Grade 4 Writing Curriculum Map

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1 Curriculum Map BOE Approval November 2013

2 CURRICULUM MAP WRITING GRADE 4 SEPTEMBER OCTOBER NOVEMBER DECEMBER JANUARY Creating a Buzz About : It s All About Me! Tell Me A Story Realistic Fiction Tell Me a Story: Improving Realistic Fiction Poetry: I m a Poet and I Know it! Going Back In Time Historical Fiction FEBRURARY MARCH APRIL MAY JUNE Non- Fiction: Inform Me. Non- Fiction: Persuade Me. Responding and Analyzing Text: Fiction and Non- Fiction (Test Prep) Autobiographies A Celebration of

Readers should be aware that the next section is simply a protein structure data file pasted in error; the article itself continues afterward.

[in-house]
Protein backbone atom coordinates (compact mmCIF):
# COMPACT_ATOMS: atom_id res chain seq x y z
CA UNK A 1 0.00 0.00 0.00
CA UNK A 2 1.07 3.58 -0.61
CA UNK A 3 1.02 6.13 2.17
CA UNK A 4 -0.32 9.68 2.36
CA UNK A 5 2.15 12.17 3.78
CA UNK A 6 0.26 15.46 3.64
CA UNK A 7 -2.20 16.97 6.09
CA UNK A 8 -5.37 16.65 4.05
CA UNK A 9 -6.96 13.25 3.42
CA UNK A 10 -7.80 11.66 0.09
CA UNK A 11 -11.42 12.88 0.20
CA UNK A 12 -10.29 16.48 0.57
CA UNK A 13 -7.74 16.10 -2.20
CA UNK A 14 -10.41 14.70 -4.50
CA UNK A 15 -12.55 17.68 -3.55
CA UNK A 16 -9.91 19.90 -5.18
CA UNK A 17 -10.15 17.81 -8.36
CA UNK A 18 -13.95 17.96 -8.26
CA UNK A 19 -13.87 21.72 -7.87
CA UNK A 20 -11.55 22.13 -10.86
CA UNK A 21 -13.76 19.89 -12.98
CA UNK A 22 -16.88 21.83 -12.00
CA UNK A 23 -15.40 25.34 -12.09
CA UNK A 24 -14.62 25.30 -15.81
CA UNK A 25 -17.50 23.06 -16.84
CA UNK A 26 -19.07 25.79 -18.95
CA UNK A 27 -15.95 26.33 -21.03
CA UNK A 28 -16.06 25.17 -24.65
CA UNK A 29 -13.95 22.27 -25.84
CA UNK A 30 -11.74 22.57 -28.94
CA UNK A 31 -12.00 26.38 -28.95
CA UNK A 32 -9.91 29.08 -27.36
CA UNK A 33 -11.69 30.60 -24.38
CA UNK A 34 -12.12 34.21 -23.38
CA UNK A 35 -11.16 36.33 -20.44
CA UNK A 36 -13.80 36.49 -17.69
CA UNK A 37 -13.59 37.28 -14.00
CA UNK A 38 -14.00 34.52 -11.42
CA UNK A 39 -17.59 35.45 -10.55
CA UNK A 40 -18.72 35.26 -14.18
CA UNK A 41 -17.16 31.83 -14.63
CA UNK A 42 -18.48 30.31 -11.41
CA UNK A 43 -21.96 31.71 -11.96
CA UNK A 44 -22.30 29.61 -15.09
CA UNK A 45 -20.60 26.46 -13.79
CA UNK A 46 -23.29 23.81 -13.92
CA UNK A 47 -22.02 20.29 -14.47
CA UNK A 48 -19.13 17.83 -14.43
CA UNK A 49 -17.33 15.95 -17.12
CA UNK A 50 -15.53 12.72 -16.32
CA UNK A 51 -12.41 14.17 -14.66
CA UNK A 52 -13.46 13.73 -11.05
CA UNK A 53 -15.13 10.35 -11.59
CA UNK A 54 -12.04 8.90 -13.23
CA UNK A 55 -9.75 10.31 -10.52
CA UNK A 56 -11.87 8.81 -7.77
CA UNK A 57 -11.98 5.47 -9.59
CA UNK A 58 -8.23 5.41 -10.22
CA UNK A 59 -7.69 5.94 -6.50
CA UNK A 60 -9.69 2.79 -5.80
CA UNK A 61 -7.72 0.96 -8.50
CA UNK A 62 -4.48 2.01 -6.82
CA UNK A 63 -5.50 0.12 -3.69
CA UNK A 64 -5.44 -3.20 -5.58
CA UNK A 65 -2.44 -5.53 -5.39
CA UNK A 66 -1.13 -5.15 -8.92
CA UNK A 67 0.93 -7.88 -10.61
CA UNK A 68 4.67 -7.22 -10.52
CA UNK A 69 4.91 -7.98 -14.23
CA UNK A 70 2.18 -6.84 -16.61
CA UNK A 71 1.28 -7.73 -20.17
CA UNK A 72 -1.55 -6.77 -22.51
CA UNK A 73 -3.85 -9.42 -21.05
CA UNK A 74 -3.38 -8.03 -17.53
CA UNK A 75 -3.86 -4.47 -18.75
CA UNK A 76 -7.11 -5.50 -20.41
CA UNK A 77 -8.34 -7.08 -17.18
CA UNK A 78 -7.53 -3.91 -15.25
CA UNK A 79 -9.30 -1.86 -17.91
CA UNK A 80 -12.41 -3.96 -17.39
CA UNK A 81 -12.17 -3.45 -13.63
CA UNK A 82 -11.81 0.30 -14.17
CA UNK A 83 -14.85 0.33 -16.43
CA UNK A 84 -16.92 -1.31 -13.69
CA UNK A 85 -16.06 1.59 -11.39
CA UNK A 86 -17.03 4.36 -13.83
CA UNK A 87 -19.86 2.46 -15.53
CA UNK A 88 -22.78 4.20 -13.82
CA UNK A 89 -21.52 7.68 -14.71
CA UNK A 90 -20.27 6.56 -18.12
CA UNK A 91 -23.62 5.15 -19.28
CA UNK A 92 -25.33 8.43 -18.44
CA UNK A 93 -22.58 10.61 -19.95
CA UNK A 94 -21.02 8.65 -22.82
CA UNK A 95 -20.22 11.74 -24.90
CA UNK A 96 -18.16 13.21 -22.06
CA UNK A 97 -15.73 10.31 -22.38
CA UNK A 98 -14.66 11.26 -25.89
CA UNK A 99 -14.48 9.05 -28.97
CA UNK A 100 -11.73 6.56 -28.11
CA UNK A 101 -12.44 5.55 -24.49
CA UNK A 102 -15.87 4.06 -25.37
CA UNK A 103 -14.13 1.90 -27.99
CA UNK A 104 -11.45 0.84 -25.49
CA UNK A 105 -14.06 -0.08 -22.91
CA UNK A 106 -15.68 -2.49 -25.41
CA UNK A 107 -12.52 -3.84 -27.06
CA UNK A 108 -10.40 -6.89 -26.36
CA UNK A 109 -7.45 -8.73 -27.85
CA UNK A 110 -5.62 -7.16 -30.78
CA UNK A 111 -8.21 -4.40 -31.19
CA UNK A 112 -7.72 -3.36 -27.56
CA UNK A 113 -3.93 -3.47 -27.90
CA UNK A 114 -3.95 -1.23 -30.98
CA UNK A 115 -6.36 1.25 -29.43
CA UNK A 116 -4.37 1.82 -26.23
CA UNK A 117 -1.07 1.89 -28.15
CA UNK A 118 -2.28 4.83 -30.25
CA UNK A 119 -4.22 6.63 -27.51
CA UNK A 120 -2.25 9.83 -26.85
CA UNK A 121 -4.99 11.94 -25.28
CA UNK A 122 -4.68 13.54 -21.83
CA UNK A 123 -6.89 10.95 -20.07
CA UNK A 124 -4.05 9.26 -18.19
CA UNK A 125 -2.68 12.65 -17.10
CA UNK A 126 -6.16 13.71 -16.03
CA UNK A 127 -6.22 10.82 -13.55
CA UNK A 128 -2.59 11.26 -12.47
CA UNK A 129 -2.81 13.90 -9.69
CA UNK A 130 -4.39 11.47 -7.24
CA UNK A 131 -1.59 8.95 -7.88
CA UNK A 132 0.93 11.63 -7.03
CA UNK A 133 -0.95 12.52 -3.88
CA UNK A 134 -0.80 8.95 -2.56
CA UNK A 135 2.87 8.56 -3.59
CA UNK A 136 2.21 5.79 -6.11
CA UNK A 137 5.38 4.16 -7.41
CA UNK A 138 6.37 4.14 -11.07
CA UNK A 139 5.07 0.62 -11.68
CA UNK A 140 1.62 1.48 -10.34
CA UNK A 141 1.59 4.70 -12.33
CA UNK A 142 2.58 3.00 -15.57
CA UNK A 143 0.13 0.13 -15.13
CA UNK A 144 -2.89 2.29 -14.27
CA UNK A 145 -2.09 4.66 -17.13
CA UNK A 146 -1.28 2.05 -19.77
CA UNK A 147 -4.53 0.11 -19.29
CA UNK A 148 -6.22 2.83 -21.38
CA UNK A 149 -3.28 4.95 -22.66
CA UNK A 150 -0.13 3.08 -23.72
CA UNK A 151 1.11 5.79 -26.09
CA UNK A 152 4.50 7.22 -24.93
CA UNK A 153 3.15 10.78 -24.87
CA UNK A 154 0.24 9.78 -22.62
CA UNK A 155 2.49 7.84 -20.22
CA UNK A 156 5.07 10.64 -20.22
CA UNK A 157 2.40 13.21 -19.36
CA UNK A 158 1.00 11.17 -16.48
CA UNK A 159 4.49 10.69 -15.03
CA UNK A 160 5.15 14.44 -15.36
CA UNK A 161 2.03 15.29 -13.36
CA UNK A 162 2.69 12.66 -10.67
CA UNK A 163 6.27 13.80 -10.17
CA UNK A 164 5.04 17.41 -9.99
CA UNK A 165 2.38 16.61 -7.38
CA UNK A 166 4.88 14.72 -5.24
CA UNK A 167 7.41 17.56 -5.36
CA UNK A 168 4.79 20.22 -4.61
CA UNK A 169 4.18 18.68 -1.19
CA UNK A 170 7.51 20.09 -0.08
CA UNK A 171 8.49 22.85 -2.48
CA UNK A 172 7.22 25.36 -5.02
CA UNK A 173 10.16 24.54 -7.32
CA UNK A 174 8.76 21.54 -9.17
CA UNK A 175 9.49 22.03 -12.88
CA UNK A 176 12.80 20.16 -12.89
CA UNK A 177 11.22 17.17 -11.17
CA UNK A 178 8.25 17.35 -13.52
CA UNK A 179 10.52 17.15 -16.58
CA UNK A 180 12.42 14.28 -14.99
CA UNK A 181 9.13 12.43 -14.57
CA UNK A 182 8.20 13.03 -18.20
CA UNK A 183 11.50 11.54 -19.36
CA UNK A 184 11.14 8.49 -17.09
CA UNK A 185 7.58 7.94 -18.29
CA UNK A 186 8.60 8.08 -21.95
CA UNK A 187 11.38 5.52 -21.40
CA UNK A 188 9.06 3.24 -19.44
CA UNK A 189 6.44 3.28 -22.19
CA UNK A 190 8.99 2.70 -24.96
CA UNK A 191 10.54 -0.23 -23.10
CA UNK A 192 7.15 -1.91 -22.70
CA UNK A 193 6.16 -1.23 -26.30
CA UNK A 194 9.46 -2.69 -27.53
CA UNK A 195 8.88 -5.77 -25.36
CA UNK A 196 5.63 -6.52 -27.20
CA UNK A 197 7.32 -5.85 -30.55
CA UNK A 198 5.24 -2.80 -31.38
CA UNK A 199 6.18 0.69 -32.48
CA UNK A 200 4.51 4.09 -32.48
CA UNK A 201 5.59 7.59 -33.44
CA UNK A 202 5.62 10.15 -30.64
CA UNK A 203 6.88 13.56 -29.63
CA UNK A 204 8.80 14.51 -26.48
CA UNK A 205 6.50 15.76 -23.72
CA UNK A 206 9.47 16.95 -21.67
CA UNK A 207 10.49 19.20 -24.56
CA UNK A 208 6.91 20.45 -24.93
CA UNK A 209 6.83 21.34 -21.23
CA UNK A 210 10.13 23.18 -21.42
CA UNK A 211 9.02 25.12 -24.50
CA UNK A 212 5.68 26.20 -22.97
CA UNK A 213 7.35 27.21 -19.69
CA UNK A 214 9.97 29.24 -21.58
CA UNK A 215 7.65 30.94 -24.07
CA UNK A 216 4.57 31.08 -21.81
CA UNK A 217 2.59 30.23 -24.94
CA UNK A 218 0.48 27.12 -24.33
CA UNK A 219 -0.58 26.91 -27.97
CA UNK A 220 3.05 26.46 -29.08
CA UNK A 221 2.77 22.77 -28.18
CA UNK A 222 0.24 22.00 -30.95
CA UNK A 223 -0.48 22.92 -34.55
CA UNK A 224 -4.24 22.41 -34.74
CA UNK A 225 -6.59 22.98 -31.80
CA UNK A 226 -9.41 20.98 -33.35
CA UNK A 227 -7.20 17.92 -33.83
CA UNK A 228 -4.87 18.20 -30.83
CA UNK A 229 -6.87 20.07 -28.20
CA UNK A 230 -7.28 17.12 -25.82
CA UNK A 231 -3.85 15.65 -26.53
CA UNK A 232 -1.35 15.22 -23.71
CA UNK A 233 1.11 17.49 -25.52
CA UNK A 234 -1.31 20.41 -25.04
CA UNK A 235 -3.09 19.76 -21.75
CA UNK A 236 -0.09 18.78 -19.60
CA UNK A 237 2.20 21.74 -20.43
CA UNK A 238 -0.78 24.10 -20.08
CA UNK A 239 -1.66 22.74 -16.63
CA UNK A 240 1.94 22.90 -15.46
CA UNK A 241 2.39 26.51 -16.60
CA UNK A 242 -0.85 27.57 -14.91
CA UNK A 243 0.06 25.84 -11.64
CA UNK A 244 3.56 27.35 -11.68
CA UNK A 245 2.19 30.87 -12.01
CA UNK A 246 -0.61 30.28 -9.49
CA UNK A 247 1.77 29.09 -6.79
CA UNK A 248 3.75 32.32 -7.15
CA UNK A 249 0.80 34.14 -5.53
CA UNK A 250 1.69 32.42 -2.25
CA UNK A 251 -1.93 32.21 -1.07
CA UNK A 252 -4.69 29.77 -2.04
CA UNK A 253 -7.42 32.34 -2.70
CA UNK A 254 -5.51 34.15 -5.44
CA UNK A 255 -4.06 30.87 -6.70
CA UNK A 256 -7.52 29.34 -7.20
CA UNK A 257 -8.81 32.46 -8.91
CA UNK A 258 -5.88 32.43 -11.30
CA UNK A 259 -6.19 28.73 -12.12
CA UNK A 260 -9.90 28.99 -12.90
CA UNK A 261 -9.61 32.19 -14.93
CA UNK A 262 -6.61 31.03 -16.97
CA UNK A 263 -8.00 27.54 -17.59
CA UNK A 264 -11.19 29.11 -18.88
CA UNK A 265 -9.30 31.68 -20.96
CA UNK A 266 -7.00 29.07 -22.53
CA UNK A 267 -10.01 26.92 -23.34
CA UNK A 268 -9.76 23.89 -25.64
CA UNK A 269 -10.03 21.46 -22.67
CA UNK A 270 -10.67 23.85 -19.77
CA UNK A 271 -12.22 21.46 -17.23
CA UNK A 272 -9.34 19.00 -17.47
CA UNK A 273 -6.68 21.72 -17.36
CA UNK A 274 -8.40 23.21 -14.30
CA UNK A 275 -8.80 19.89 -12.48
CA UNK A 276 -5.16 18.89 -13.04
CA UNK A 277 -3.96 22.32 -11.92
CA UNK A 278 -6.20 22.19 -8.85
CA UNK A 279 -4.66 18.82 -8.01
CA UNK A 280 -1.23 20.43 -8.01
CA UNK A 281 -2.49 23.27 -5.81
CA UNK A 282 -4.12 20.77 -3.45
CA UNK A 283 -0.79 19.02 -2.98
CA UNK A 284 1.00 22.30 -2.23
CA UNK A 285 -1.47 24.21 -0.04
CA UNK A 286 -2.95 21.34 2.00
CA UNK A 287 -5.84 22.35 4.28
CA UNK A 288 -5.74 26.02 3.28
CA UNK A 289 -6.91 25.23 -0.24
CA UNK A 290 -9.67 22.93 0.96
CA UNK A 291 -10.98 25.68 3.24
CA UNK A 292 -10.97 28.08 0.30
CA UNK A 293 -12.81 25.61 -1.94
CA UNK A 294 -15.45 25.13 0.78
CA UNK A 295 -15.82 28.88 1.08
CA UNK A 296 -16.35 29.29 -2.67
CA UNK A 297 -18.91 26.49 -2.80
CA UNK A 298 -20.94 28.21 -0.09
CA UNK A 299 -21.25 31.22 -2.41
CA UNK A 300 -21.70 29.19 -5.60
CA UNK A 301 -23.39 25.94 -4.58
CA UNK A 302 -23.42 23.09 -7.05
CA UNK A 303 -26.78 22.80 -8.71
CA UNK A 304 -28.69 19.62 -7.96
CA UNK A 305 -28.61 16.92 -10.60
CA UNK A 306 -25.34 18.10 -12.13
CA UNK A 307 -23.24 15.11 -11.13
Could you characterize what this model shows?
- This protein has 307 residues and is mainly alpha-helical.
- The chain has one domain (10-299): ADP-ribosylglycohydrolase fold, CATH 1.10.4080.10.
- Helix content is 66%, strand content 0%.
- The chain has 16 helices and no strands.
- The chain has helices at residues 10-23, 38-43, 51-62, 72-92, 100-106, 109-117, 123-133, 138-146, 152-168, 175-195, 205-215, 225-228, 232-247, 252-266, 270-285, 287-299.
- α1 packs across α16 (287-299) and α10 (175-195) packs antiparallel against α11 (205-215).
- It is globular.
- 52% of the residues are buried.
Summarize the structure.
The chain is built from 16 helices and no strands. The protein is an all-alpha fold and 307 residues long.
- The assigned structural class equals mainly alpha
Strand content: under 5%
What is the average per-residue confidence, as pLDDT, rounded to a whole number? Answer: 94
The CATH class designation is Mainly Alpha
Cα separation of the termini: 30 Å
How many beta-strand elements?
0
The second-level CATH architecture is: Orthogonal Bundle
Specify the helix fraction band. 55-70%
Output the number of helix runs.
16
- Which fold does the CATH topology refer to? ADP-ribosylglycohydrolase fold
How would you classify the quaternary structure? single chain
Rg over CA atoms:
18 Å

3 Writers exhibit good writing behaviors within the classroom and while writing independently. Writers are aware of and follow procedures appropriately. Writers set goals that are constantly changing. Writers understand the structure of a personal narrative. Writers develop powerful leads and meaningful closings. Writers narrow focus. Writers build up stamina and write for longer periods of time. Writers write several drafts. How do I select a topic and zoom in on a small moment? How do I brainstorm for personal narrative writing? How do I hook my audience? How do I include details that create a picture in the reader s mind? How do I create a meaningful ending? How do I edit and revise? Hook Personal Narrative Zoom Stamina Closing Sequence Dialogue Focus Curriculum Map Big Idea: Creating a Buzz About : It s All About Me! September is powerful. What is writer? Write narratives to develop real or imagined experience or events Everyone writes at his/her own pace. How do I become a better writer? using effective technique, descriptive details and clear event sequences. Produce clear and coherent writing in which the development and organization are appropriate to task, purpose and audience. Use dialogue to move along the plot. Develop clear and coherent writing that is organized. Plan, revise, and, edit writing. Write for an extended period of time. Demonstrate command of the conventions of grammar, usage, and mechanics. Apply proper grammar conventions. W.4.3 Write narratives to develop real or imagined experiences or events using effective technique, descriptive details, and clear event sequences. W.4.4 Produce clear and coherent writing in which the development and organization are appropriate to task, purpose, and audience. W.4.5 With guidance and support from peers and adults, develop and strengthen writing as needed by planning, revising, and editing. W.4.10 Write routinely over extended time frames for a range of discipline-specific tasks, purposes, and audiences grammar & usage when writing or speaking. L.4.2 Demonstrate command of the capitalization, punctuation, and spelling when writing.